HVAC in unvented, spray foam insulated attic?

Is there a verdict? pros and cons / effects
of unvented attic, sealed with Icynene spray foam
on HVAC system and ductwork?
[Plan is for 2-story construction, Central Texas
(read: outdoor temps around 100 F, humidity around 40%…) ]
Anybody with experience with such a setup
under these conditions?

How about considerations for “make up” air for HVAC system
for this?

I would not be a fan of non-vented attics in Tx or Ok. due to moisture considerations. My thinking would be the ducts would have to be extra insulated to compensate for increased heat load.

Your use of the words make up air can be confusing, make up air is normally thought of as infiltration of normal use of external door use. Not to be confused with combustion air normally taken from an attic area. I would have concerns with combustion air on a totally sealed attic if truly sealed.

Larry…I inspected an icynene insulated house last summer just east of Pflugerville. I think it was around 4 years old or so and saw no issues with the ductwork in the attic. I’d have to go find the report and photos to refresh my memory but give me a call if you want some more information. Just visit my Homepage to get my number. Also see: http://nachi.org/forum/showthread.php?t=5062&highlight=icynene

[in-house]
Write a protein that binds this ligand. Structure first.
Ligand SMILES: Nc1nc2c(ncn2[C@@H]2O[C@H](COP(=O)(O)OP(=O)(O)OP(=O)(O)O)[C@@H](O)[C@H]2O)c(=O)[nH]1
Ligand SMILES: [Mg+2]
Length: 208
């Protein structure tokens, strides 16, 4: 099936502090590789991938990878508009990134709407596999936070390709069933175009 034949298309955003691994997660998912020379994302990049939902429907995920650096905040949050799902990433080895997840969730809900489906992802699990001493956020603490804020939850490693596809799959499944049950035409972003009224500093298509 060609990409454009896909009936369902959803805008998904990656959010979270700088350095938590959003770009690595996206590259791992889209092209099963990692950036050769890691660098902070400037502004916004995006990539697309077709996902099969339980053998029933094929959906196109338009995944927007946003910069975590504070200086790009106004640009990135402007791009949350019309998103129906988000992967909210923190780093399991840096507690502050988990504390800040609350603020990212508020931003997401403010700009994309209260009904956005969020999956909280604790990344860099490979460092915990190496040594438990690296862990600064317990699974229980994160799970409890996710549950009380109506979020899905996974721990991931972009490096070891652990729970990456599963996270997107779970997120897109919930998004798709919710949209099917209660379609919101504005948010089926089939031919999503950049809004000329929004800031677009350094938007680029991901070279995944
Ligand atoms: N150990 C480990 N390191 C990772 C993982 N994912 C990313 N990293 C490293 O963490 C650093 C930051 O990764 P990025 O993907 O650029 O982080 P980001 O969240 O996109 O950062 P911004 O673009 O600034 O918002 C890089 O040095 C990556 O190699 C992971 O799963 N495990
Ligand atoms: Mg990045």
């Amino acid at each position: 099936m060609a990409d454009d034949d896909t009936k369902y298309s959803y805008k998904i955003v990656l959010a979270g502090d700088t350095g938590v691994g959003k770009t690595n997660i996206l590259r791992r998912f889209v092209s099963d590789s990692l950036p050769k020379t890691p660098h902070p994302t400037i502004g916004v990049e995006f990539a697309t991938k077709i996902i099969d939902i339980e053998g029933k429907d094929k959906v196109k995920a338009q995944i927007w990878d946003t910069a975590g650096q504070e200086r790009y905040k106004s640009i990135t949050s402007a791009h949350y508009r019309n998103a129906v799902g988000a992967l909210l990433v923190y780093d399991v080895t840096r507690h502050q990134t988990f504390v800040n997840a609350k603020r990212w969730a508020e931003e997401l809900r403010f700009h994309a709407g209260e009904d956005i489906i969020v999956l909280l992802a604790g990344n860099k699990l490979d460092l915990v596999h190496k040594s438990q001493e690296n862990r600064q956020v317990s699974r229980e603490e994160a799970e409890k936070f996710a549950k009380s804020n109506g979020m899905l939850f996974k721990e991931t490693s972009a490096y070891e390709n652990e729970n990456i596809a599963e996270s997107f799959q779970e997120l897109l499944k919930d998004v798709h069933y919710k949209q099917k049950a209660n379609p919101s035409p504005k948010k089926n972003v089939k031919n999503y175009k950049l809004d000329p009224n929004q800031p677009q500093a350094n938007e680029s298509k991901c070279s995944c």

Cen Tex temps in sealed attics, insulated w/ spray foam…
Isocynene ‘advertises’ attic temps reach only about 80 degrees
instead of 130 degree range…
Have you found this to be somewhat accurate? such
a considerable reduction in attic temps in Cen Tex?

We are moving toward spray foam insulated attics without ventilation in this area. I inspected one last week that was a few years old. The outside temperature was 80, and the temp in the attic was 76 in the mid afternoon sun. The attic I was in earlier in the day was well over 100 degrees with standard insulation and ventilation.

The utility bills on this home were also very low, comparatively.

I saw no issues in the attic or on the roof, however I understand that there is some concern that this type of insulation will cause a shorter service life on asphalt/fiberglass composition shingles.